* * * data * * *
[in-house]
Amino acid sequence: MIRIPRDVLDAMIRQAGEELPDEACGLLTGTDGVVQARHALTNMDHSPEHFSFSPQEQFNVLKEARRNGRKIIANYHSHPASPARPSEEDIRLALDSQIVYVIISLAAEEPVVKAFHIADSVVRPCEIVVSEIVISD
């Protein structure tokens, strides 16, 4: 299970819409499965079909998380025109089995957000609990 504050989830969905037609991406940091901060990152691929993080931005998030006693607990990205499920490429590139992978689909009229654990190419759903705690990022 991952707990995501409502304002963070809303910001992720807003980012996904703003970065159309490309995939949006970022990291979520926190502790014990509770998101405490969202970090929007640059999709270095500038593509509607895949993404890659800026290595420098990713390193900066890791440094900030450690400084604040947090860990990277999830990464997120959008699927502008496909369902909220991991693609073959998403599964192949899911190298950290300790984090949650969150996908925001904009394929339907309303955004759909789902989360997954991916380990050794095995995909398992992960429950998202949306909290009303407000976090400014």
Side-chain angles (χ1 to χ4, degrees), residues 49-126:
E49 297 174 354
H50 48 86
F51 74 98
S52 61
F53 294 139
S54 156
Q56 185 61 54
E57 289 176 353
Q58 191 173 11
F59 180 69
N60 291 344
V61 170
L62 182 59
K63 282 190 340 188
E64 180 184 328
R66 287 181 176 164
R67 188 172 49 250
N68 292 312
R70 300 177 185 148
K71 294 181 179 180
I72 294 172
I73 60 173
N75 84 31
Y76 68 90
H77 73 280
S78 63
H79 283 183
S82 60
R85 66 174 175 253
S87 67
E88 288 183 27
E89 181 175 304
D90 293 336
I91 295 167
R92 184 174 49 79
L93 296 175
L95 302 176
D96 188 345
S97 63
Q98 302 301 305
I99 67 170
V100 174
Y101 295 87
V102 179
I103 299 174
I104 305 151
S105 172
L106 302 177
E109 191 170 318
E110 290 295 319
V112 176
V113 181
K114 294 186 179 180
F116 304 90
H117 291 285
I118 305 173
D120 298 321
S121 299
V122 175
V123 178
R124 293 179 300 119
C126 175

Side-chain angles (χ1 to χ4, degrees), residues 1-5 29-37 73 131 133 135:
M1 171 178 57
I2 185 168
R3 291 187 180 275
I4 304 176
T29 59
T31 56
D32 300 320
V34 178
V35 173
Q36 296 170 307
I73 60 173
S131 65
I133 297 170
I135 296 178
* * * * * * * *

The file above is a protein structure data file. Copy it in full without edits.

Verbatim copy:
[in-house]
Amino acid sequence: MIRIPRDVLDAMIRQAGEELPDEACGLLTGTDGVVQARHALTNMDHSPEHFSFSPQEQFNVLKEARRNGRKIIANYHSHPASPARPSEEDIRLALDSQIVYVIISLAAEEPVVKAFHIADSVVRPCEIVVSEIVISD
């Protein structure tokens, strides 16, 4: 299970819409499965079909998380025109089995957000609990 504050989830969905037609991406940091901060990152691929993080931005998030006693607990990205499920490429590139992978689909009229654990190419759903705690990022 991952707990995501409502304002963070809303910001992720807003980012996904703003970065159309490309995939949006970022990291979520926190502790014990509770998101405490969202970090929007640059999709270095500038593509509607895949993404890659800026290595420098990713390193900066890791440094900030450690400084604040947090860990990277999830990464997120959008699927502008496909369902909220991991693609073959998403599964192949899911190298950290300790984090949650969150996908925001904009394929339907309303955004759909789902989360997954991916380990050794095995995909398992992960429950998202949306909290009303407000976090400014």
Side-chain angles (χ1 to χ4, degrees), residues 49-126:
E49 297 174 354
H50 48 86
F51 74 98
S52 61
F53 294 139
S54 156
Q56 185 61 54
E57 289 176 353
Q58 191 173 11
F59 180 69
N60 291 344
V61 170
L62 182 59
K63 282 190 340 188
E64 180 184 328
R66 287 181 176 164
R67 188 172 49 250
N68 292 312
R70 300 177 185 148
K71 294 181 179 180
I72 294 172
I73 60 173
N75 84 31
Y76 68 90
H77 73 280
S78 63
H79 283 183
S82 60
R85 66 174 175 253
S87 67
E88 288 183 27
E89 181 175 304
D90 293 336
I91 295 167
R92 184 174 49 79
L93 296 175
L95 302 176
D96 188 345
S97 63
Q98 302 301 305
I99 67 170
V100 174
Y101 295 87
V102 179
I103 299 174
I104 305 151
S105 172
L106 302 177
E109 191 170 318
E110 290 295 319
V112 176
V113 181
K114 294 186 179 180
F116 304 90
H117 291 285
I118 305 173
D120 298 321
S121 299
V122 175
V123 178
R124 293 179 300 119
C126 175

Side-chain angles (χ1 to χ4, degrees), residues 1-5 29-37 73 131 133 135:
M1 171 178 57
I2 185 168
R3 291 187 180 275
I4 304 176
T29 59
T31 56
D32 300 320
V34 178
V35 173
Q36 296 170 307
I73 60 173
S131 65
I133 297 170
I135 296 178